Aquaculture enterprises have always faced difficulties due to ammonia.
Controlling ammonia is of the utmost importance to aquaculture as even moderately high ammonia levels can have a detrimental effect on fish flavor, it can lead to higher than acceptable rates of mortality, and it can have an extremely negative effect on the bottom line. Taking control of ammonia levels requires a basic understanding of why ammonia levels build up and how they can be removed.
Ammonia is a free nitrogenous compound, others are nitrate and nitrite. In natural rivers and lakes, levels of free nitrogenous compounds tend to be low. These compounds are locked up in the plant and animal life of the river. In an aquaculture pond, however, the density of the fish population is much higher than would ever occur in nature and this leads to potential problems with free nitrogenous compounds, especially ammonia.
The primary means of Nitrogen contamination and the primary source of ammonia in aquaculture ponds is fish waste. As fish wastes are broken down by heterotrophic bacteria, ammonia is created. In environments where plant life including algae is discouraged, there is little that will absorb the ammonia from the water. The concentration will rise until the fish become comatose and die unless some form of action is taken to remove it from the water.
High Ammonia Levels
High ammonia levels are evidenced in aquaculture ponds in a number of ways.
Algae tend to bloom when there are excessive free nitrogenous compounds, making the water green as a result of the algae presence. Fish from ponds with excess ammonia will have poor flavor. The fish will be prone to disease, may appear stressed, and mortality rates are likely to increase beyond their usual levels. Finally, oxygen levels will decrease. From the severity of the above symptoms, it is quite obvious that ammonia is not a mild water chemistry issue but rather a major threat to the productivity and profitability of any aquaculture enterprise.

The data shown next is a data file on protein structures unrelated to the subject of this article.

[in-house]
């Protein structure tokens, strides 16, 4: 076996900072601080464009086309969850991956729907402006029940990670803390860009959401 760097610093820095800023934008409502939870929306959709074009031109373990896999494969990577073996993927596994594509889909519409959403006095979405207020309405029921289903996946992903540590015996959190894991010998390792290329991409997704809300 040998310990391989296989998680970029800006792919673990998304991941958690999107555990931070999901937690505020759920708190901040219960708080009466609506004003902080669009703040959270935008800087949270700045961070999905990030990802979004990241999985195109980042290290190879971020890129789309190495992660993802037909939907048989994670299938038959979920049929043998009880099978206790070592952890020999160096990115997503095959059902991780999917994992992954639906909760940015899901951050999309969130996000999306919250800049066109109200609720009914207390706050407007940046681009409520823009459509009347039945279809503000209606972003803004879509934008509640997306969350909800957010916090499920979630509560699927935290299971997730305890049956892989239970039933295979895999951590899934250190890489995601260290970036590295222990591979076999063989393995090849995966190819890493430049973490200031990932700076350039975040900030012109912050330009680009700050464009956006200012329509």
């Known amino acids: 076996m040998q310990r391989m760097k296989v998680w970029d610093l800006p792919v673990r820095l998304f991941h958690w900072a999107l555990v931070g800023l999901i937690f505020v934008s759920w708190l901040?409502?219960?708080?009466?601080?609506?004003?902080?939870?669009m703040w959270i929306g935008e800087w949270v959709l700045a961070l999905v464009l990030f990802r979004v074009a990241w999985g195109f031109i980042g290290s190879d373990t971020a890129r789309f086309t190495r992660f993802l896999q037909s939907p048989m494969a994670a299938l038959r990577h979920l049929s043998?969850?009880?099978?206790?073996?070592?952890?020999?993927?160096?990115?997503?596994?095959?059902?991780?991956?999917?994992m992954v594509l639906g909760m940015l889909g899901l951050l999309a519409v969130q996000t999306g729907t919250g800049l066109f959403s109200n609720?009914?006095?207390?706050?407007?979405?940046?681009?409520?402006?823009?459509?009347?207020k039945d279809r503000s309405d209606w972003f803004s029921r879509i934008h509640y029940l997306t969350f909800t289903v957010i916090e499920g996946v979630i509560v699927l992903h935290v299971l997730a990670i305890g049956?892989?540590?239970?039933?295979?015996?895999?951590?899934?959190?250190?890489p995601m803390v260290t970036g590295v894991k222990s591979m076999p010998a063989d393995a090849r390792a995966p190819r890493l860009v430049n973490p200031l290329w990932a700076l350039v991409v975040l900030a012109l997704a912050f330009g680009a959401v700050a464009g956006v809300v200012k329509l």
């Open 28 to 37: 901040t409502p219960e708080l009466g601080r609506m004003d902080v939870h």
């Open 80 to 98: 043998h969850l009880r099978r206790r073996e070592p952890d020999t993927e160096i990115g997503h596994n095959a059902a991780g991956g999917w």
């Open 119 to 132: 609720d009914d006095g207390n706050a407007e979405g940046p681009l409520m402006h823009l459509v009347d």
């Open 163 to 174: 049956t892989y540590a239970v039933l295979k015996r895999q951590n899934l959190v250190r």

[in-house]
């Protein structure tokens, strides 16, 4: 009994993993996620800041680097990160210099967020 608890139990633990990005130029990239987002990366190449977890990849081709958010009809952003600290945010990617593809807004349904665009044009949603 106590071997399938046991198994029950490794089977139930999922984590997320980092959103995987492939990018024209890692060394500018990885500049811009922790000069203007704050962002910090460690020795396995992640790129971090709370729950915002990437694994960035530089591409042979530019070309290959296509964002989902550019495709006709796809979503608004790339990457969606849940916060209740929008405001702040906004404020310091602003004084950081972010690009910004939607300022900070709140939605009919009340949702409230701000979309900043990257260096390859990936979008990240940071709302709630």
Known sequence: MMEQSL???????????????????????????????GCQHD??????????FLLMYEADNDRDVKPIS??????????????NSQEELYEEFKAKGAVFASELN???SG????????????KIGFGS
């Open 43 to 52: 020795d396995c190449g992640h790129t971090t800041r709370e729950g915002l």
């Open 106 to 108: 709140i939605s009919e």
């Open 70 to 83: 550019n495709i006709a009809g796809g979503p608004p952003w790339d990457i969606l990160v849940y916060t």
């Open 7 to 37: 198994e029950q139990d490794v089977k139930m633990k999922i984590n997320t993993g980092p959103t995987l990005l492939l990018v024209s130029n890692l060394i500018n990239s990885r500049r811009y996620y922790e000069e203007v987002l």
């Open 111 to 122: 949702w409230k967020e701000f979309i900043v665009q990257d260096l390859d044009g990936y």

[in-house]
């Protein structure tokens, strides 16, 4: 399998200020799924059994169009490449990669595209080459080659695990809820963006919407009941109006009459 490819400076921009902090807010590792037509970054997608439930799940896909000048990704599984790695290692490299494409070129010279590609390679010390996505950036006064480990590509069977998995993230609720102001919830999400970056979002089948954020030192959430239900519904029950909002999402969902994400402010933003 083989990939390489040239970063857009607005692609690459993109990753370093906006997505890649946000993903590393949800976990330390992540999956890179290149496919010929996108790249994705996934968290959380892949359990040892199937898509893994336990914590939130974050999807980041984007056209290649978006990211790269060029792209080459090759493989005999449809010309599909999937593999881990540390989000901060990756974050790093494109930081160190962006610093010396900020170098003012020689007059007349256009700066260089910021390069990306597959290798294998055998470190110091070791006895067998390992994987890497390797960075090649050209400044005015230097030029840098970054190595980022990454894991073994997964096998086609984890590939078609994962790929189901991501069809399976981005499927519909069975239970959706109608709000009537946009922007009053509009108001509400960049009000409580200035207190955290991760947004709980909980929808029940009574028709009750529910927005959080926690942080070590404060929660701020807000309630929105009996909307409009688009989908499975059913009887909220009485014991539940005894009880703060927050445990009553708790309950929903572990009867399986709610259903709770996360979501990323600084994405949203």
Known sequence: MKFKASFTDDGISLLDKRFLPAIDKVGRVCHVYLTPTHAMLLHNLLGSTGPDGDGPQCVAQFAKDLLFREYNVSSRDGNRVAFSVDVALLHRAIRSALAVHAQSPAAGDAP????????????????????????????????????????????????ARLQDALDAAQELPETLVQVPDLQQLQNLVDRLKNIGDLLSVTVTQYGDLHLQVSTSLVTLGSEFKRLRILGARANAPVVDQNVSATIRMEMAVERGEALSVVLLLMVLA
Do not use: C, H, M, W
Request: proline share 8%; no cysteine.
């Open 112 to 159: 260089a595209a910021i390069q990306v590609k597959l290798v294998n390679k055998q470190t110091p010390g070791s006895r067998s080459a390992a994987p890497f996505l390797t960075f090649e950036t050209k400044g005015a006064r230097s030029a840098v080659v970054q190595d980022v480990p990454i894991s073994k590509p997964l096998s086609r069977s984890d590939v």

How Much Ammonia is too Much?
A common question with relation to ammonia levels is, "how much is too much?"
It is actually rather a complicated question to answer as there are vast differences in the concentrations of ammonia that different fish species can handle. This is further complicated by the fact that there is significant variation in toxicity depending on pH and water temperature.
Lower temperatures and higher pH will make lower levels of ammonia toxic to fish. Certain fish are extremely vulnerable to elevated ammonia levels and will be adversely affected by levels that other species can tolerate.
For freshwater species the range of 0.53 to 22.8 mg/L is generally regarded as toxic, but problems will begin to occur from amounts greater than 0.1 mg/L. At over 0.1 mg/L skin, eye, gill and internal organ damage can occur.
Some experiments have shown gill injury from
rates as low as 0.002 mg/L in salmon fingerlings
when they are exposed for six weeks or more.
As ammonia levels within the safe level increase,
growth rates and hatch rates will be reduced.
How much ammonia is too much? One might argue
that any ammonia is too much.
to Part 2 >>